By Erin Freeman | Lynnwood Times Staff
An initiative that would have reduced car tab fees to $30 has been ruled unconstitutional by the Washington Supreme Court for containing too many subjects and a misleading description on the ballot.
The state Supreme Court struck down initiative measure number 976 (I-976) on Thursday, October 15, ruling it as invalid due to violation of the state’s single-subject rule and determining it held an inaccurate ballot title. The decision was nearly unanimous, nine judges ruling the initiative contained more than one subject, while eight of them also ruled the initiative’s subject was not accurately expressed within its title.
I-976, sponsored by Tim Eyman, was passed statewide by voters last November, passing by 58% in Snohomish County. It would have capped most taxes paid through annual vehicle registration at $30 while revoking state and local authority to add new taxes and fees. Yet, it was unable to take effect after being temporarily blocked by a judge. The state Supreme court upheld the decision to block it until the final ruling was made.
“I-976 is the latest in a series of initiatives about recusing or eliminating local motor vehicle excise taxes, including taxes that have been pledged to support major transportation projects throughout the state,” explained the final decision.
Eyman issued a statement in response to the ruling, upholding that voters were not confused about the initiative, calling it “maddening” that the supreme court ruled it so.
“Voters passed into law an initiative making certain vehicle taxes and fees illegal and yet we’re being told to pay those taxes and fees anyway because ‘voters were confused’,” said Eyman in an October 15 statement. “We were not.”
“The people are on our side: they demand $30 tabs. And they’re spittin’ mad,” said Eyman in another statement, issued on October 16 via social media.
The state Office of Financial Management estimates the impact of I-976 would have cut more than $4 billion in tax revenue by 2025, threatening transportation mobility and service projects throughout the state.
Sixty-one Washington cities currently use car tab fees to fund road construction, bus service, and sidewalks. Additional fees are charged by the state to support programs including Washington State Patrol traffic enforcement, highway maintenance, ferry operations, and maintenance of county roads and bridges. Over the next 10 years, these cities could have expected to lose about $60 million in their Transportation Benefit Districts, according to NO976- a coalition opposing I-976.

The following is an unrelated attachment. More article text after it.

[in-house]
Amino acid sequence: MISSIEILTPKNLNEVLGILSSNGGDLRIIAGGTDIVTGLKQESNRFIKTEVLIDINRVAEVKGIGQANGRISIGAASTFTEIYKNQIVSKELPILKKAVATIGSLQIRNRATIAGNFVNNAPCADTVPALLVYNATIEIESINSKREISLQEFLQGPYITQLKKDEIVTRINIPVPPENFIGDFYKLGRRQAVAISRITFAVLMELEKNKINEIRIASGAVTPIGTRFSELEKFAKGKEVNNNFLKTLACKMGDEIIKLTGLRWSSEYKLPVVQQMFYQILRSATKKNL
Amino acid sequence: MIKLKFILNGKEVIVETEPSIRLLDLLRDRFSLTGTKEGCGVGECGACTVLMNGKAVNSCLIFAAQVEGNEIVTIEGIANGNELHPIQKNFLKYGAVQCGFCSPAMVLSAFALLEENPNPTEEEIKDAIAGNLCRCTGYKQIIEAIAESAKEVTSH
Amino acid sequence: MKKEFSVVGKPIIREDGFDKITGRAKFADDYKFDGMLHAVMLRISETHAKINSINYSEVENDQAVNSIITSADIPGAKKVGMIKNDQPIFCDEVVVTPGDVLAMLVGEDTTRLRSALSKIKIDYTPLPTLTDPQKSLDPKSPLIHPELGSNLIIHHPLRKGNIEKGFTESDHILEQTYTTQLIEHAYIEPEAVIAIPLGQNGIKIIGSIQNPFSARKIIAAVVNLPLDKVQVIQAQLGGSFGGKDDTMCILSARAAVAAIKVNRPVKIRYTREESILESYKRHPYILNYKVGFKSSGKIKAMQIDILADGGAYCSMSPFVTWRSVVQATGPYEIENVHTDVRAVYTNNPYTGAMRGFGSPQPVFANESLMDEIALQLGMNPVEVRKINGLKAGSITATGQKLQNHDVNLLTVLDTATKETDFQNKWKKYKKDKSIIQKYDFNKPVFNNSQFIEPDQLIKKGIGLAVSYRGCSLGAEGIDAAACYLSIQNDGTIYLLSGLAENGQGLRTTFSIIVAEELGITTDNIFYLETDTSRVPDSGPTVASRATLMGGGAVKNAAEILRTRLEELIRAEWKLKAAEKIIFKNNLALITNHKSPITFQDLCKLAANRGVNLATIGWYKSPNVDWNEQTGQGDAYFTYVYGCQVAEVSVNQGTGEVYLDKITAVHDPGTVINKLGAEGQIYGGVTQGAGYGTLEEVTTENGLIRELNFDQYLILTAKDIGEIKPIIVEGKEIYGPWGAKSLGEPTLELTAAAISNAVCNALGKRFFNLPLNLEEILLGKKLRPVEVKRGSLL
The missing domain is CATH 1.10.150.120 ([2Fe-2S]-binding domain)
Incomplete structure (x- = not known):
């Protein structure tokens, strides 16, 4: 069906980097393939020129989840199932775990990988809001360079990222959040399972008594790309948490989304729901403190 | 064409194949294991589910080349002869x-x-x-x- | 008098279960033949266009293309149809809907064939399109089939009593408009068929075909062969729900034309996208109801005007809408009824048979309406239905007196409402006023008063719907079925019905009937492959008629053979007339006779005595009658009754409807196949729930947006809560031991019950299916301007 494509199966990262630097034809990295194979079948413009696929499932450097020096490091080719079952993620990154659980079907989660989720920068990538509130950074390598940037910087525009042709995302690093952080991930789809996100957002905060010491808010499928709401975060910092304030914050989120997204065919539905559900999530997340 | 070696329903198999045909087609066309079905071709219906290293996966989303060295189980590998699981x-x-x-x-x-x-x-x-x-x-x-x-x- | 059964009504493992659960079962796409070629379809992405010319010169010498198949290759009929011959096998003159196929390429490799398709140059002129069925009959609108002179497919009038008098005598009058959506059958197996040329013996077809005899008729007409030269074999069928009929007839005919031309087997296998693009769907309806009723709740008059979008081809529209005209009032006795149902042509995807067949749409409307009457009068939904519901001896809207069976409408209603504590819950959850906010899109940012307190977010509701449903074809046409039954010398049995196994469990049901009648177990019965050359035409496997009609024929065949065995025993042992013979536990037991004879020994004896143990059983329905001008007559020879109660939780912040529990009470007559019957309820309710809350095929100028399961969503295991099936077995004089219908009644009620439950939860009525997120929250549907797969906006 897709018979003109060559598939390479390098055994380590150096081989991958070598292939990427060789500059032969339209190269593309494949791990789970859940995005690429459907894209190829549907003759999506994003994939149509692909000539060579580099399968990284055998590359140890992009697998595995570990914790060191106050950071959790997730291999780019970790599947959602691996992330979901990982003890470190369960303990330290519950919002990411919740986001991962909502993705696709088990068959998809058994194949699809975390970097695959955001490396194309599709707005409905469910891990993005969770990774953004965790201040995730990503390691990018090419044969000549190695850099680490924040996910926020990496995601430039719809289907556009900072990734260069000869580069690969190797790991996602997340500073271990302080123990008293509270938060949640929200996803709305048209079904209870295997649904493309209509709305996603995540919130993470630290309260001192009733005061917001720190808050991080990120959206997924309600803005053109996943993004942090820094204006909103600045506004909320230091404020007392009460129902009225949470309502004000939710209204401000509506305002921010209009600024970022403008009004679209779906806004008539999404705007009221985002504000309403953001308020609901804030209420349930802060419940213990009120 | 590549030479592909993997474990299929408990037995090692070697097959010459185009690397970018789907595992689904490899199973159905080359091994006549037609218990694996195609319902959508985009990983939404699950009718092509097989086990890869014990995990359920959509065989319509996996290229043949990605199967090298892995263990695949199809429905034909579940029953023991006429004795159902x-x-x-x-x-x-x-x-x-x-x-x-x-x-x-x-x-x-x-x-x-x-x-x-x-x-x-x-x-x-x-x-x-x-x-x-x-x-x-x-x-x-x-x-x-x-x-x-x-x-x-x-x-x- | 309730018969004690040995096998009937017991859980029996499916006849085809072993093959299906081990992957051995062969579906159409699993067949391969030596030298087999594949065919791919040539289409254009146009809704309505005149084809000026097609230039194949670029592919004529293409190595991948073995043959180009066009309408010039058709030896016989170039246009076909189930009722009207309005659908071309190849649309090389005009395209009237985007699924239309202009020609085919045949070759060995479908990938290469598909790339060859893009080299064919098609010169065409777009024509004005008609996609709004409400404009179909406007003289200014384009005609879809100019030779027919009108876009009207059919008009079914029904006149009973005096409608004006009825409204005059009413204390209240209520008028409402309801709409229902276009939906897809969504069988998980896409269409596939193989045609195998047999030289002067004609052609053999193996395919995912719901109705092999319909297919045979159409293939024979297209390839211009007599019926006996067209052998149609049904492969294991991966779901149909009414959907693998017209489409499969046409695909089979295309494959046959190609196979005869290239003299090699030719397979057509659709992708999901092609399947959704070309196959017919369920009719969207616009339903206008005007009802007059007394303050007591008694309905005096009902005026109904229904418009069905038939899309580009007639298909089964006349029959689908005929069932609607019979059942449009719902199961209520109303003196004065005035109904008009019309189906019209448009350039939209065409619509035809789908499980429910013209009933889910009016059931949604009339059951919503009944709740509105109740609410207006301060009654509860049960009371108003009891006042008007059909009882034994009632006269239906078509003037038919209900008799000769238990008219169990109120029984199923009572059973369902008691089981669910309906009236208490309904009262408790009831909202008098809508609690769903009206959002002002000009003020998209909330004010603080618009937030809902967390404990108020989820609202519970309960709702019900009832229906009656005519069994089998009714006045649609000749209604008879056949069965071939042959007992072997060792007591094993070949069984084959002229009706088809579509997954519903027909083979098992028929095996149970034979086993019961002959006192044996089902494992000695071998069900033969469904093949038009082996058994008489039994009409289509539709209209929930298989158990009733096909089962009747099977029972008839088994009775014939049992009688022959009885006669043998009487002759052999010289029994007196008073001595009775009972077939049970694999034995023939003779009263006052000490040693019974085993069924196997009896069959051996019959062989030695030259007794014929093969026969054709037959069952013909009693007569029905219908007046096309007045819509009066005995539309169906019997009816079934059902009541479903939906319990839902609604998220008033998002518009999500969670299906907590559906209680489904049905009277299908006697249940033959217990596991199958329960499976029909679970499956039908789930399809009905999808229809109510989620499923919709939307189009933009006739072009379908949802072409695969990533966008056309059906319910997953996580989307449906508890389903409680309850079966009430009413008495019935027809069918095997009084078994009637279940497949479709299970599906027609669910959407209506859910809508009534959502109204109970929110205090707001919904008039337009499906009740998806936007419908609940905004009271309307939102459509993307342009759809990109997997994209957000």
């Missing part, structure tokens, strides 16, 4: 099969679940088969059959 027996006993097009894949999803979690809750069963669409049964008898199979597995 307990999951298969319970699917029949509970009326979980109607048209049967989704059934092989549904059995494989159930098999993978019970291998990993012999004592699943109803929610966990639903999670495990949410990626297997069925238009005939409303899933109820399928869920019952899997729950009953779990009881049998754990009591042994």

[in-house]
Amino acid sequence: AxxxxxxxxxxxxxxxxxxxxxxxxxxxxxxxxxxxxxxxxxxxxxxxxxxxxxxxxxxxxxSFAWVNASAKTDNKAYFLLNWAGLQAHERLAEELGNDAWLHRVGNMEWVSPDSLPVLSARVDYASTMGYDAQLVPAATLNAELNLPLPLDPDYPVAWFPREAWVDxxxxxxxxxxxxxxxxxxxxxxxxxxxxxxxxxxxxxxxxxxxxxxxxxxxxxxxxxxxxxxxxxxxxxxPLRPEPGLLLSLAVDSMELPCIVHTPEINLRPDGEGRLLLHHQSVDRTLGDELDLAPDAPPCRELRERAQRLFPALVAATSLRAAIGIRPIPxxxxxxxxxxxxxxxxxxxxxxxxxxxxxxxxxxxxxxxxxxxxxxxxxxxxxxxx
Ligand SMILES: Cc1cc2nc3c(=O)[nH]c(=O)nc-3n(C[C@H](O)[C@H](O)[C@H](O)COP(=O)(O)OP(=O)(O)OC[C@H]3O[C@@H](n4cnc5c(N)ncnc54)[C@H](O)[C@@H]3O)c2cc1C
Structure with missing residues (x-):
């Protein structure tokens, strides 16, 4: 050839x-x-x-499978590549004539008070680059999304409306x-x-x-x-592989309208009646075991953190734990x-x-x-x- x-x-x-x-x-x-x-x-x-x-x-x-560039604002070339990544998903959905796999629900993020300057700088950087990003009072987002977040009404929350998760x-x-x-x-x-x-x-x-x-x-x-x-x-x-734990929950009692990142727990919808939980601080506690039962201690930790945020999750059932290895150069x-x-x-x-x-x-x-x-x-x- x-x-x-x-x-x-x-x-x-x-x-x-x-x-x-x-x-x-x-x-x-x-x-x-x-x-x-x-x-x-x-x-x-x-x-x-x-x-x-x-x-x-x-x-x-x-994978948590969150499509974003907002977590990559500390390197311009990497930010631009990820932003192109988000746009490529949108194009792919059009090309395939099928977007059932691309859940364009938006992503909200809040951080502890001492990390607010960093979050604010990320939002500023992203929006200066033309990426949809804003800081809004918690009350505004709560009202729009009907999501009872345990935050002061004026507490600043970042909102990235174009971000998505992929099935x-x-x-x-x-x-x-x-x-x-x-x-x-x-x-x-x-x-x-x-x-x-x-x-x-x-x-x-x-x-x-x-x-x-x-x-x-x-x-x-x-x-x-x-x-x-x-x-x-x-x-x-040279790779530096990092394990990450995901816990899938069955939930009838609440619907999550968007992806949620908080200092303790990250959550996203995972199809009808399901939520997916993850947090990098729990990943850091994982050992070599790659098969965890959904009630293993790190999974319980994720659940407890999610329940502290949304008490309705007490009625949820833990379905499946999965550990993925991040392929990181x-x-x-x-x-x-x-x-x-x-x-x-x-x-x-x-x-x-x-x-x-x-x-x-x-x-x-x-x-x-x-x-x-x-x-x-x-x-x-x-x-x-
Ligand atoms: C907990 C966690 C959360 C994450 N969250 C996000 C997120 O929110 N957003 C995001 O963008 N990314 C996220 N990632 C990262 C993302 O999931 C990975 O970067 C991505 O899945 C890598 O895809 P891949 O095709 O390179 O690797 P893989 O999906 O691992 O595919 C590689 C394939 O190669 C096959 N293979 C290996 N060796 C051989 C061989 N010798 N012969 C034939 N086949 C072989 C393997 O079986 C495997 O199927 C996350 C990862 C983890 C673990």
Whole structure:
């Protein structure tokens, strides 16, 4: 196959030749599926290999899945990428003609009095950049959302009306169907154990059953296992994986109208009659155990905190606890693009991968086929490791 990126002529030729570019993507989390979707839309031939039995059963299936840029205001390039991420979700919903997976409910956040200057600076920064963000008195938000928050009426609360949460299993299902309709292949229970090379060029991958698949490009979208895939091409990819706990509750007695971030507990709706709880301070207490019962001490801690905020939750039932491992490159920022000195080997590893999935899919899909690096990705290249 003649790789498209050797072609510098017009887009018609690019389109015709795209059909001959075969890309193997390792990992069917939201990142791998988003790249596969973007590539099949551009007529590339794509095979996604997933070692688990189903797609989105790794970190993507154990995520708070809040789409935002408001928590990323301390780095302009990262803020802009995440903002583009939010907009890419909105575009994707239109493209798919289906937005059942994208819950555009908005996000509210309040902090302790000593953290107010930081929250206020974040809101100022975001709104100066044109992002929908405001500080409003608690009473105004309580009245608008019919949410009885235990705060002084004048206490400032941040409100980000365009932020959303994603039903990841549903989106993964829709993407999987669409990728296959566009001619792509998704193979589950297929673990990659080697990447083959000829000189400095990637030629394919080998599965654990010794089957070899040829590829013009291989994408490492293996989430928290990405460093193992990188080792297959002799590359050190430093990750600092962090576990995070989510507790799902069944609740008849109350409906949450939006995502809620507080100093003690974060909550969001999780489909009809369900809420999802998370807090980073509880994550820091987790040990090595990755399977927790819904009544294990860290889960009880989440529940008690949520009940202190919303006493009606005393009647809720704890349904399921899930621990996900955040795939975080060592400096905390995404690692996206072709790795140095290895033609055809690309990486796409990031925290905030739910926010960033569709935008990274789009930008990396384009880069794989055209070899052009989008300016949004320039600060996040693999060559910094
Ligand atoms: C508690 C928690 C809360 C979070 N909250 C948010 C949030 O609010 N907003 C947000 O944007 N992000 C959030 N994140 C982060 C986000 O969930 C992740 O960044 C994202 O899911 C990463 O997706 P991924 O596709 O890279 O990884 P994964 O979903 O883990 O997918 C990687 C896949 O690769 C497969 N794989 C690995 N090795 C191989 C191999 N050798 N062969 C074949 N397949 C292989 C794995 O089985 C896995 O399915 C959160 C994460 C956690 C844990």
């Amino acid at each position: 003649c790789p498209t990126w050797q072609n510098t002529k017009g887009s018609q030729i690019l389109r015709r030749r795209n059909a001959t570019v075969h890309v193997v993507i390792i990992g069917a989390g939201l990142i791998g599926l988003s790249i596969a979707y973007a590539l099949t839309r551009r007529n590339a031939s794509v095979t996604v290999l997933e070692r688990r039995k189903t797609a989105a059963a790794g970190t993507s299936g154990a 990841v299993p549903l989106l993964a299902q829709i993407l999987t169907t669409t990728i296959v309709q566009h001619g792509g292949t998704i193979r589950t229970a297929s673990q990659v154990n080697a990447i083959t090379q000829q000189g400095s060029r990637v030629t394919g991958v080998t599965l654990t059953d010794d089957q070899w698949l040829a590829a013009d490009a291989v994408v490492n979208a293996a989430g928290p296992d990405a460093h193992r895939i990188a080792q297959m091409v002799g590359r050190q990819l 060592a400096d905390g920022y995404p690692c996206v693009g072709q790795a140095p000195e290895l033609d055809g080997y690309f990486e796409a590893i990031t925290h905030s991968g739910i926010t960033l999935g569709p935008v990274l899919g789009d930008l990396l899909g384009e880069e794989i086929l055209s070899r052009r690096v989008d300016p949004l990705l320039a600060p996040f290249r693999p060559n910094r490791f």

In Lynnwood, with car tab fees making up approximately one-third of its Transportation Benefit District, the city estimates it would have experienced a $1.2 million annual drop in its transportation infrastructure program with the initiative. This revenue supports the funding of preventative and routine pavement maintenance and reconstruction, street, and traffic maintenance and operations, and other capital projects in the City’s Transportation Plan says the city of Lynnwood spokesperson Julie Moore.
“These funds help maintain and improve the critical infrastructure of our city which in turn improves the quality of life for our community members,” said Moore.
In the city of Everett, the onset of I-976 would have dealt a major blow to already strained revenue streams and would have eliminated most of the fees and taxes for car tabs, including the funding for Sound Transit,” said city of Everett Mayor Cassie Franklin.
“This would result in the loss of millions per year in funds we use to keep our roads safe and well-maintained, as well as support for our paratransit services,” said Franklin. “We appreciate this ruling and will evaluate what it means for our city.”
While Sound Transit was not party to this litigation, the transit agency is pleased with the decision, said Patrick Geoff, a spokesperson for Sound Transit.
I-976 was not anticipated to have had any immediate impact on Sound Transit, continued Geoff, as the initiative allowed, and state law requires, Sound Transit to continue collecting its current voter-approved Motor Vehicle Excise Tax (MVET) and its Rental Car Tax until all bond and other debts secured by the taxes are repaid, currently projected for 2028.
Yet, I-976 sought to have Sound Transit accelerate the repayment of bonds and other debts, at which point the Sound Transit MVET could be reduced or eliminated, forcing it to collect additional taxes and divert revenues from transit project to pay the cost of bond defeasance, refinancing or retirement, explained Geoff. The acceleration would eliminate a projected $7.2 billion in MVET and Rental Car Tax revenue, which would require cutting or significantly delaying projects across the region. Future litigation might have been required to determine the constitutionality of the provisions related to Sound Transit, said Geoff.
“The confirmation of the unconstitutionality of the initiative will enable Sound Transit’s continuation of transit services and transportation investments that are vital to residents and businesses across the state of Washington,” said Geoff. “The decision also avoids potential litigation about the status of critical Sound Transit expansions that were decisively approved by the region’s voters.”